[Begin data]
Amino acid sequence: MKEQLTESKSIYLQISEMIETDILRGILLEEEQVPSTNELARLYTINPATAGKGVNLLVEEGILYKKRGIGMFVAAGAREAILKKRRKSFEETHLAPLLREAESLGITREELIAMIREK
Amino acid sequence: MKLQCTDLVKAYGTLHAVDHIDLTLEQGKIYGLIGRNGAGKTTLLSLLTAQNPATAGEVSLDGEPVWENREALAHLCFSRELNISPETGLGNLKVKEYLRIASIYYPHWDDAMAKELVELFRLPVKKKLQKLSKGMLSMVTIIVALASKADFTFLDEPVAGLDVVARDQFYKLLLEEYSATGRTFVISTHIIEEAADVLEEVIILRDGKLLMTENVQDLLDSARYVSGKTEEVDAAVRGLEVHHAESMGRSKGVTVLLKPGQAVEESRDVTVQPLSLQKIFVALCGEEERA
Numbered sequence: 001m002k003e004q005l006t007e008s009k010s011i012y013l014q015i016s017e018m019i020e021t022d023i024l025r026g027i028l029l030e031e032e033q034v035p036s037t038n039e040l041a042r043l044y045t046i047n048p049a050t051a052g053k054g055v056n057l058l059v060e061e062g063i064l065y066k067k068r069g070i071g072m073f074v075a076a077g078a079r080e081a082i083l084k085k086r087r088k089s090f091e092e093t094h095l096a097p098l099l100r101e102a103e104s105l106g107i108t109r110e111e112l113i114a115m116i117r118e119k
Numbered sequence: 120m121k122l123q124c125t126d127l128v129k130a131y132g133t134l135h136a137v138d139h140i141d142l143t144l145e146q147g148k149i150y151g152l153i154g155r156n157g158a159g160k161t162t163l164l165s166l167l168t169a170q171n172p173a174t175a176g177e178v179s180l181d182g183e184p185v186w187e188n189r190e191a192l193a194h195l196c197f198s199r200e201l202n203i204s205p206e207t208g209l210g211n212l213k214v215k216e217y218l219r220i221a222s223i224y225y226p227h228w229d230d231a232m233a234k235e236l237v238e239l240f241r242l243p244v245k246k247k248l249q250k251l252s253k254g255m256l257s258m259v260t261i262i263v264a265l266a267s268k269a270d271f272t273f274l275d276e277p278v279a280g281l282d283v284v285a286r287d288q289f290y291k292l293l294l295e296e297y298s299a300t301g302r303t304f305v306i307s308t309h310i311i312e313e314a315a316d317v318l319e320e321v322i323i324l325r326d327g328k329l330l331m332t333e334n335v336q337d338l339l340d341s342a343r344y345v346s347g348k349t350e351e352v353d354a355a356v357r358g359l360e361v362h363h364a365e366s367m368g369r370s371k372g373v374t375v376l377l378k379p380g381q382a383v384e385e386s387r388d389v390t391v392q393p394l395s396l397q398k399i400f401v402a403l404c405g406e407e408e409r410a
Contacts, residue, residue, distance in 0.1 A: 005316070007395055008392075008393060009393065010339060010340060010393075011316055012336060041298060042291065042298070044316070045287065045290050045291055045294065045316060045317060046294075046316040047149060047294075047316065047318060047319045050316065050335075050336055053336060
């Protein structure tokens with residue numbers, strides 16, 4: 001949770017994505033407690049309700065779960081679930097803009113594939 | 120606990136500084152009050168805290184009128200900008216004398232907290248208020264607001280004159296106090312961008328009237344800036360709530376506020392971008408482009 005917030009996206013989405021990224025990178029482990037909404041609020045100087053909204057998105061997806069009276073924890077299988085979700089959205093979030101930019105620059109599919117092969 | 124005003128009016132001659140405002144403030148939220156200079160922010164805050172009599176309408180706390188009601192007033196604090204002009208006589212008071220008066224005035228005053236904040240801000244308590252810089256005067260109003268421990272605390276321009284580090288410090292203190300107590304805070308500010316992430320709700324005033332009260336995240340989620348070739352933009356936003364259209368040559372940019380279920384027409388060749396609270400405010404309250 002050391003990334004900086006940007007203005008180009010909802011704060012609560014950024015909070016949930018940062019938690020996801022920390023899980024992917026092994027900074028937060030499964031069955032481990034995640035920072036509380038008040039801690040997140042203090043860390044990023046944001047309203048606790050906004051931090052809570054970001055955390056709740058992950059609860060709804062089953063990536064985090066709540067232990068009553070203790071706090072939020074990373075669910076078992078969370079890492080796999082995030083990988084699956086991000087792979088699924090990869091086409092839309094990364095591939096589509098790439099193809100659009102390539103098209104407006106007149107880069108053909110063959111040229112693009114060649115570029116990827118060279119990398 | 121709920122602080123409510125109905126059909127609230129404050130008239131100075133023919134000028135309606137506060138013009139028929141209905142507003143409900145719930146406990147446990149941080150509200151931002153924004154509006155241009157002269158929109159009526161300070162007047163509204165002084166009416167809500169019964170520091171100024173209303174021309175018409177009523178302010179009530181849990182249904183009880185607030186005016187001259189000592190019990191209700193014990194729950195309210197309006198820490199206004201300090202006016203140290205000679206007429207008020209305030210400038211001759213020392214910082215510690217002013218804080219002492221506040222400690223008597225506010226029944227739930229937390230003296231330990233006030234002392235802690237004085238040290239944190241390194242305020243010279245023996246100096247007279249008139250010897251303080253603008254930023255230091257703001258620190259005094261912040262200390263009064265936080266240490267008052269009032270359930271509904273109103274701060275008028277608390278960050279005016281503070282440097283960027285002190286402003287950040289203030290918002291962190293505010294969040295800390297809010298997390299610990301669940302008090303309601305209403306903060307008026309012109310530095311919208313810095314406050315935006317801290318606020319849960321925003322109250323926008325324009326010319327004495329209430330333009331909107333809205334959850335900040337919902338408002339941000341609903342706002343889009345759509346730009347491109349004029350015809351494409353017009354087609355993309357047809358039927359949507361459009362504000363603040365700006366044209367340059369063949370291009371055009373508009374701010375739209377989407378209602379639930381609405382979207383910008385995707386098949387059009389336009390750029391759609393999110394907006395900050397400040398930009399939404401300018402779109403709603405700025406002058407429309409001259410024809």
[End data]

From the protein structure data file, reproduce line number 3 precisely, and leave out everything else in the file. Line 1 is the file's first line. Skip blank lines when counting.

Numbered sequence: 001m002k003e004q005l006t007e008s009k010s011i012y013l014q015i016s017e018m019i020e021t022d023i024l025r026g027i028l029l030e031e032e033q034v035p036s037t038n039e040l041a042r043l044y045t046i047n048p049a050t051a052g053k054g055v056n057l058l059v060e061e062g063i064l065y066k067k068r069g070i071g072m073f074v075a076a077g078a079r080e081a082i083l084k085k086r087r088k089s090f091e092e093t094h095l096a097p098l099l100r101e102a103e104s105l106g107i108t109r110e111e112l113i114a115m116i117r118e119k